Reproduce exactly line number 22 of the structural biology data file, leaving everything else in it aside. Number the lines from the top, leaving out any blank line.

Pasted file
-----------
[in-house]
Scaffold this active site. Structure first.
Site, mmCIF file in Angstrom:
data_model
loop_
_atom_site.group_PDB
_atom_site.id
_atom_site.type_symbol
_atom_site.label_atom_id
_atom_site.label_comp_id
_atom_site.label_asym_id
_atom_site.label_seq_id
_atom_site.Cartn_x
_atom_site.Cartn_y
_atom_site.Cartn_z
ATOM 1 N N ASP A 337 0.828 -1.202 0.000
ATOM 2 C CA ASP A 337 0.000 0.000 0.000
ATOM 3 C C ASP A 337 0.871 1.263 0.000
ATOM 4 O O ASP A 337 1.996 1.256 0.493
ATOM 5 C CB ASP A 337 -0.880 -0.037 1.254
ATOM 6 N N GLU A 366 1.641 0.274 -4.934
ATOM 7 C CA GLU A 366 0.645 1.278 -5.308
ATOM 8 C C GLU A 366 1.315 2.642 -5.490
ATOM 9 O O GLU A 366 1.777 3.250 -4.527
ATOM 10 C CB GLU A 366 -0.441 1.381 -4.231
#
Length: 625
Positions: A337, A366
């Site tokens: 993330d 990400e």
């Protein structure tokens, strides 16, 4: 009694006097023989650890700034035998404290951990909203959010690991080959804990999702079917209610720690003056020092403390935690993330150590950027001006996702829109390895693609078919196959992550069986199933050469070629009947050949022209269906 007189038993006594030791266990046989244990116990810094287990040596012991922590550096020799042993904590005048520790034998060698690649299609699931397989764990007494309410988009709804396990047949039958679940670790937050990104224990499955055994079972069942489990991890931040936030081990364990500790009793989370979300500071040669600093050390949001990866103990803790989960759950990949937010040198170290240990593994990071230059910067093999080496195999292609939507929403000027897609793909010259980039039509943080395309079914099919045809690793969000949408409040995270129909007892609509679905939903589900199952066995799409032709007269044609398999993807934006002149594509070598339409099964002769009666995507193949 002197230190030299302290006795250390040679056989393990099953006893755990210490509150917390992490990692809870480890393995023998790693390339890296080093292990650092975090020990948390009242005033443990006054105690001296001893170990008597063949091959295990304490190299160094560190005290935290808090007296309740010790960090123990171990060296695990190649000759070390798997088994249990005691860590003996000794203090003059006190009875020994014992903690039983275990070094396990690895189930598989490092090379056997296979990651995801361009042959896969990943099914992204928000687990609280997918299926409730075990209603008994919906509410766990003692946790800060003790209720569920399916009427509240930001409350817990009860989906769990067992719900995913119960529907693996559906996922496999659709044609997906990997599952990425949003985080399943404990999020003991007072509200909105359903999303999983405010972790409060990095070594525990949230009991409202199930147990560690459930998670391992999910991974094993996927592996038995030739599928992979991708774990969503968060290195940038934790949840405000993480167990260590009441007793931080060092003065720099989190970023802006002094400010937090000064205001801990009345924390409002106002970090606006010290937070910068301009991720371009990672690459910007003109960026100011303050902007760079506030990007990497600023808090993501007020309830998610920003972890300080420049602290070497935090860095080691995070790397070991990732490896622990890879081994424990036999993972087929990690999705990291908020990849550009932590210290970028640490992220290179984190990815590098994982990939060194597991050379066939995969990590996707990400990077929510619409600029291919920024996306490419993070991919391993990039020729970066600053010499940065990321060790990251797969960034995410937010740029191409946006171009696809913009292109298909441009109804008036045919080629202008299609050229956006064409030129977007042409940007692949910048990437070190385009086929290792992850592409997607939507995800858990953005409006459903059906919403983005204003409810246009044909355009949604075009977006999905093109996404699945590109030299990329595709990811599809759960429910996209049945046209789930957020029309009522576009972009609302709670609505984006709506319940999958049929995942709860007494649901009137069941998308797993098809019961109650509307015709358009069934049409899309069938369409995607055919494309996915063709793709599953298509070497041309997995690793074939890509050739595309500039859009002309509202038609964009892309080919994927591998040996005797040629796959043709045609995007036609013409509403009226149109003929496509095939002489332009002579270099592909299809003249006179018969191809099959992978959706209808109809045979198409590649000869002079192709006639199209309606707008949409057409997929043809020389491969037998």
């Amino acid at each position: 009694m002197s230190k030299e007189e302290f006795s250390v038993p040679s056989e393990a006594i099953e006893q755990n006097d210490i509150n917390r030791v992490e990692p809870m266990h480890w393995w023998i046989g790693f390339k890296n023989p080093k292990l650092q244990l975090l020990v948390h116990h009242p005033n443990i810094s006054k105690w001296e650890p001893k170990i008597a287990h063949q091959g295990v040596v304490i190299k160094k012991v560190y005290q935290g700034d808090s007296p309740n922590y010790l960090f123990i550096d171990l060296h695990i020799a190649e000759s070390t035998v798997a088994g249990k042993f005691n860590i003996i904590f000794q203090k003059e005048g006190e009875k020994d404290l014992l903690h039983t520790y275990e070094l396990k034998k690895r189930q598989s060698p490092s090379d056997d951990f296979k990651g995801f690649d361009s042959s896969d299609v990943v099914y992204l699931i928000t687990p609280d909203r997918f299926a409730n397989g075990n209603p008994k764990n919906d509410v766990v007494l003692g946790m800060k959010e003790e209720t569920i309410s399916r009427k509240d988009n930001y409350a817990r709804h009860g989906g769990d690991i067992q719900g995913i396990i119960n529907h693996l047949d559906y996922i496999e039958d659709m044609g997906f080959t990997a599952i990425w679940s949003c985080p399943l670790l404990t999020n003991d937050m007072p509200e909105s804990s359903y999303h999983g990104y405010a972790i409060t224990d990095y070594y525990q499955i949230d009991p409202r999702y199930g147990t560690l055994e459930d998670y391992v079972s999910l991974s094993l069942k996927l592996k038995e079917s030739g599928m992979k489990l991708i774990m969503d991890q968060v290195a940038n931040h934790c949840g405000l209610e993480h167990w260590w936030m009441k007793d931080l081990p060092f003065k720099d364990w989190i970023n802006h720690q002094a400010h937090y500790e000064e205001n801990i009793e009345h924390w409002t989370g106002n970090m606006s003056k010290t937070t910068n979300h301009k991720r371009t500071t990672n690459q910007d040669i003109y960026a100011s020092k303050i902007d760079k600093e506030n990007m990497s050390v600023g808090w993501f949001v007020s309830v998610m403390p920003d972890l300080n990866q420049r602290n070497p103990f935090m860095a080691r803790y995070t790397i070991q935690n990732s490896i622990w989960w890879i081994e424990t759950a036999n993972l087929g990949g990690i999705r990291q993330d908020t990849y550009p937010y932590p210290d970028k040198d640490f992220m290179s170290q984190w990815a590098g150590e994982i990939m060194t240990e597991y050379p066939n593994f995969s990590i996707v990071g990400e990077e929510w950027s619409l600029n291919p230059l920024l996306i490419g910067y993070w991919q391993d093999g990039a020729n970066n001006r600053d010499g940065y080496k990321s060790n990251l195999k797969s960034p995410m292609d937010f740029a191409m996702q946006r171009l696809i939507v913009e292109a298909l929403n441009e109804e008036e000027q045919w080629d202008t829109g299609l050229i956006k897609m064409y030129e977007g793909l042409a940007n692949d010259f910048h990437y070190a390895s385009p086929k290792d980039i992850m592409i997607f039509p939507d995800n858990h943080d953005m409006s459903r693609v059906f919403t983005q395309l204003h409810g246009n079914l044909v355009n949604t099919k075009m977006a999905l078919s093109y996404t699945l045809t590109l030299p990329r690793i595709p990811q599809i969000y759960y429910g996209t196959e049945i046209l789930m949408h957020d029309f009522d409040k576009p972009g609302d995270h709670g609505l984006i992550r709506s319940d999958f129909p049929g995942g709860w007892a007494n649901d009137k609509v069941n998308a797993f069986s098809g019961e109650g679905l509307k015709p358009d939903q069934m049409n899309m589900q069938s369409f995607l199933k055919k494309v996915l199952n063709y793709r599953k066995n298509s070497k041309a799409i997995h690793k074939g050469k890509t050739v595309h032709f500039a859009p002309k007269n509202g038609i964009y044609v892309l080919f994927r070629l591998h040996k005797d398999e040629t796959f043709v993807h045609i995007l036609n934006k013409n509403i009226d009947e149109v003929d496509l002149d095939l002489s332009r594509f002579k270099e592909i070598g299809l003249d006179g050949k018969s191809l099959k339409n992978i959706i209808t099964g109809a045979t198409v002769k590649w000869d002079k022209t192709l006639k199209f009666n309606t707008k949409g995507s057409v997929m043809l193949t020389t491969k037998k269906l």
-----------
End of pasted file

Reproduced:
ATOM 7 C CA GLU A 366 0.645 1.278 -5.308